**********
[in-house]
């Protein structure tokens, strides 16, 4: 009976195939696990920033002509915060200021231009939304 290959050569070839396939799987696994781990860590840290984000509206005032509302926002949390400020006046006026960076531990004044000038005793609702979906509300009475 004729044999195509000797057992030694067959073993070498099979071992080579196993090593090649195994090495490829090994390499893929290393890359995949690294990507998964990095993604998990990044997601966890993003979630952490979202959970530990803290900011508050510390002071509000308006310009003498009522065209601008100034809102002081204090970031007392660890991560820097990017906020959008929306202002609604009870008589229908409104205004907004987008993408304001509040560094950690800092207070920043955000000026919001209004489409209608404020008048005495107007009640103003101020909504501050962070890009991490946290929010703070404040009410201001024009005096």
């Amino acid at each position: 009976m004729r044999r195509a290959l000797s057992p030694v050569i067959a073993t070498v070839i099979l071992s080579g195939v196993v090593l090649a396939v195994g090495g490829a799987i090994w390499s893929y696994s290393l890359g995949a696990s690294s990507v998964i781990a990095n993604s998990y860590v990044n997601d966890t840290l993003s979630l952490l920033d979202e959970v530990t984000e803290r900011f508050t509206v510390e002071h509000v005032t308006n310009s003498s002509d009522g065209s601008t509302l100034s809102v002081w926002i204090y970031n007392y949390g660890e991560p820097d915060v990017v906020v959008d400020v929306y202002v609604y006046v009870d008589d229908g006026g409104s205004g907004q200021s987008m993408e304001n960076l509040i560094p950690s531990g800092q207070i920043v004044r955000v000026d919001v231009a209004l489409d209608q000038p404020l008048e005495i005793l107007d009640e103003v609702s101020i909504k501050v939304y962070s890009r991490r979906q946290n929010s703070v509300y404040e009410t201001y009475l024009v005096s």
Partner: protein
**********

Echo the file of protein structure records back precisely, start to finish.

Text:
[in-house]
């Protein structure tokens, strides 16, 4: 009976195939696990920033002509915060200021231009939304 290959050569070839396939799987696994781990860590840290984000509206005032509302926002949390400020006046006026960076531990004044000038005793609702979906509300009475 004729044999195509000797057992030694067959073993070498099979071992080579196993090593090649195994090495490829090994390499893929290393890359995949690294990507998964990095993604998990990044997601966890993003979630952490979202959970530990803290900011508050510390002071509000308006310009003498009522065209601008100034809102002081204090970031007392660890991560820097990017906020959008929306202002609604009870008589229908409104205004907004987008993408304001509040560094950690800092207070920043955000000026919001209004489409209608404020008048005495107007009640103003101020909504501050962070890009991490946290929010703070404040009410201001024009005096």
């Amino acid at each position: 009976m004729r044999r195509a290959l000797s057992p030694v050569i067959a073993t070498v070839i099979l071992s080579g195939v196993v090593l090649a396939v195994g090495g490829a799987i090994w390499s893929y696994s290393l890359g995949a696990s690294s990507v998964i781990a990095n993604s998990y860590v990044n997601d966890t840290l993003s979630l952490l920033d979202e959970v530990t984000e803290r900011f508050t509206v510390e002071h509000v005032t308006n310009s003498s002509d009522g065209s601008t509302l100034s809102v002081w926002i204090y970031n007392y949390g660890e991560p820097d915060v990017v906020v959008d400020v929306y202002v609604y006046v009870d008589d229908g006026g409104s205004g907004q200021s987008m993408e304001n960076l509040i560094p950690s531990g800092q207070i920043v004044r955000v000026d919001v231009a209004l489409d209608q000038p404020l008048e005495i005793l107007d009640e103003v609702s101020i909504k501050v939304y962070s890009r991490r979906q946290n929010s703070v509300y404040e009410t201001y009475l024009v005096s």
Partner: protein